Tuesday, December 6, 2016

Real Arrangements of Russian Power under Putin Increasingly like Those in Stalin’s Times, Pavlova Says

Paul Goble

            Staunton, December 6 – One of the most typical characteristics of Russian political power is that it is unlimited because it has little relationship to the public face of the state and is not formalized. That is the case with Vladimir Putin’s regime now, Irina Pavlova says; and it is one of “the essential signs” that his manner of governance increasingly resembles Stalin’s.

            Like Stalin before him, Putin does have a high place in the public façade of power. He is after all president of the Russian Federation. But also like Stalin, Putin and his regime make the real decisions in informal bodies out of sight and beyond the reach of public control, the US-based Russian historian says (ivpavlova.blogspot.com/2016/12/blog-post_5.html).

            (For a useful discussion of why this problem is likely to prove so fateful for Russia’s development, see Vladimir Kazantsev’s discussion in today’s “Nezavisimaya gazeta” of the absence of any effective checks and balances on the actions of the Russian leader (ng.ru/ng_politics/2016-12-06/9_6877_ierarhia.html.)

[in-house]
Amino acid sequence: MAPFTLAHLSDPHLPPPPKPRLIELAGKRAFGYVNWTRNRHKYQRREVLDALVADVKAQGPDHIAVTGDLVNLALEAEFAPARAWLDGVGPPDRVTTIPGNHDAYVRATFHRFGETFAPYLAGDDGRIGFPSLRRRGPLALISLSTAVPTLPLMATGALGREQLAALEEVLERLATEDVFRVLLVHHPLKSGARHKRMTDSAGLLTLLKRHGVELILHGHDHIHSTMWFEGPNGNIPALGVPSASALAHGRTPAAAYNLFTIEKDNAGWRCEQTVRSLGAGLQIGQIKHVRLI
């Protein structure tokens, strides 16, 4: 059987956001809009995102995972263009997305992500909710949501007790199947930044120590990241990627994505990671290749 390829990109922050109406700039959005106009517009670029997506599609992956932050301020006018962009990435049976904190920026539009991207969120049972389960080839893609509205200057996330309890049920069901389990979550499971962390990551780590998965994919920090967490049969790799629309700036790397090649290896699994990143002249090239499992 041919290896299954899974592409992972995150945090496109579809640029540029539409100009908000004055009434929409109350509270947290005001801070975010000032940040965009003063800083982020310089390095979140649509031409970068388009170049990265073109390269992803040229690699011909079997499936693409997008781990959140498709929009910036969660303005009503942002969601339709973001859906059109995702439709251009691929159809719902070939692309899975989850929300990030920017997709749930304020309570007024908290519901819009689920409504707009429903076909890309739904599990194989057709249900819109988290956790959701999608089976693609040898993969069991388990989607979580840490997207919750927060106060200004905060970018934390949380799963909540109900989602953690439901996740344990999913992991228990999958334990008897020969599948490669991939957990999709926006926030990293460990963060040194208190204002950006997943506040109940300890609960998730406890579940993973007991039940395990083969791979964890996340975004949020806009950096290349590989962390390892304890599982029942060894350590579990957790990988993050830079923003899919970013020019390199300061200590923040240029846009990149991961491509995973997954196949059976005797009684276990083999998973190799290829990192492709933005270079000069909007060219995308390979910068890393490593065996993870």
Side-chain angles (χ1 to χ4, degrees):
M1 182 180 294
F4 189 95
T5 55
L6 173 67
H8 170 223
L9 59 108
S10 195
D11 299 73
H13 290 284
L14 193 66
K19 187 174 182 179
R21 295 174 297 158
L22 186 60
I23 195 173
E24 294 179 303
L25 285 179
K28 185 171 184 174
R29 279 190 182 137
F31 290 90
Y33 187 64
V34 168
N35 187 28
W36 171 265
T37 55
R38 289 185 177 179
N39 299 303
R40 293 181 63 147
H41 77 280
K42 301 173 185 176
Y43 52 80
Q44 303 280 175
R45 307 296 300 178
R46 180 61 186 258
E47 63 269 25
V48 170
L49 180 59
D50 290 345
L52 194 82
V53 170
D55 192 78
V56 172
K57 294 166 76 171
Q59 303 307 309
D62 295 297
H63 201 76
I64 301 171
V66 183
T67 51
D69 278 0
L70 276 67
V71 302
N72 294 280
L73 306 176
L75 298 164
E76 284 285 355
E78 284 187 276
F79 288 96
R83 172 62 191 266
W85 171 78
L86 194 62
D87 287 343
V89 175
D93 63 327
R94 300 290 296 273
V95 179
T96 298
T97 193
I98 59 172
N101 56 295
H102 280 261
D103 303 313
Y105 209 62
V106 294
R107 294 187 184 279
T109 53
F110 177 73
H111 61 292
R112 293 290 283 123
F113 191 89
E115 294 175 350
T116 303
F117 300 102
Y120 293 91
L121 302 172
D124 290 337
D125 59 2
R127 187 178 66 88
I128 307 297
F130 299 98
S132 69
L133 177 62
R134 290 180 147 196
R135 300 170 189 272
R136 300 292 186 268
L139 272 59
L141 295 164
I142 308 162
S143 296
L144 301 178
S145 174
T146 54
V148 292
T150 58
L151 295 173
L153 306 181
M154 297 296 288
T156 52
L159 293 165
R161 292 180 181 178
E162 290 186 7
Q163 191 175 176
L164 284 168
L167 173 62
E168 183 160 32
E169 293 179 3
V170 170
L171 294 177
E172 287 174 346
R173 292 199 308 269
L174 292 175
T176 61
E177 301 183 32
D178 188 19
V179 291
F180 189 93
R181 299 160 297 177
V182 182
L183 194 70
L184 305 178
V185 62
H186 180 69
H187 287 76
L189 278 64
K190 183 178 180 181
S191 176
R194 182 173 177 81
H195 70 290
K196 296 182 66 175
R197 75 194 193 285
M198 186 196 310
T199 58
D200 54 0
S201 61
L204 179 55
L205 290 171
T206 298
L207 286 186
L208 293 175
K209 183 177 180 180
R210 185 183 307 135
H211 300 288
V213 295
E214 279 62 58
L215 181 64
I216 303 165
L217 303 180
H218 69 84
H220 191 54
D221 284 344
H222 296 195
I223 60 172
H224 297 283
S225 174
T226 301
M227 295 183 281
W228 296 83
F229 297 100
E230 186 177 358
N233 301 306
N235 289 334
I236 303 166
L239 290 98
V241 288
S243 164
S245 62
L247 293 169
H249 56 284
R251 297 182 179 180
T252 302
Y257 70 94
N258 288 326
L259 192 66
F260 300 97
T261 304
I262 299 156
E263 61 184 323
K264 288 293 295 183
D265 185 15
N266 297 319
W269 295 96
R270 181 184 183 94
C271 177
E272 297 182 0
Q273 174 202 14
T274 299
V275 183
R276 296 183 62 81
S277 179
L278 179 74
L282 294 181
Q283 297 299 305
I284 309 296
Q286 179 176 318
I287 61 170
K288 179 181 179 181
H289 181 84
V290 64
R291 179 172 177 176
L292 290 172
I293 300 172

Pavlova notes how difficult it has been for historians to determine exactly who made what decisions in Stalin’s time and suggests that “future historians of Putin’s power will certainly be confronted by similar problems.”  That will lead to debates about just how much power he really had and what role particular “clans” within the government played.

            This is all by Putin’s design, she suggests, and today, all the major decisions are made not in public institutions but behind the scenes, something that makes it difficult to hold anyone responsible or to be sure just what is going on. And that in turn allows the regime to do things that it can deny it is doing.

            As an example of this latter situation, she points to the special operation which the regime has conducted to promote among Russians a more positive view of Stalin, something that some Russian analysts have fallen into the regime’s trap and blamed on the Russian people rather than on the Kremlin.

            As she points out in another post devoted specifically to this campaign by the regime, the deification of Stalin has far broader purposes than most Russians or others understand. It is designed to promote “the myth about the lack of alternatives” for Russians and about “their complete dependence on the supreme power.”

            Those attitudes work to the benefit of the residents of the Kremlin; they would hardly arise among Russians on their own in the absence of official encouragement and support (ivpavlova.blogspot.com/2016/12/blog-post_3.html#more).

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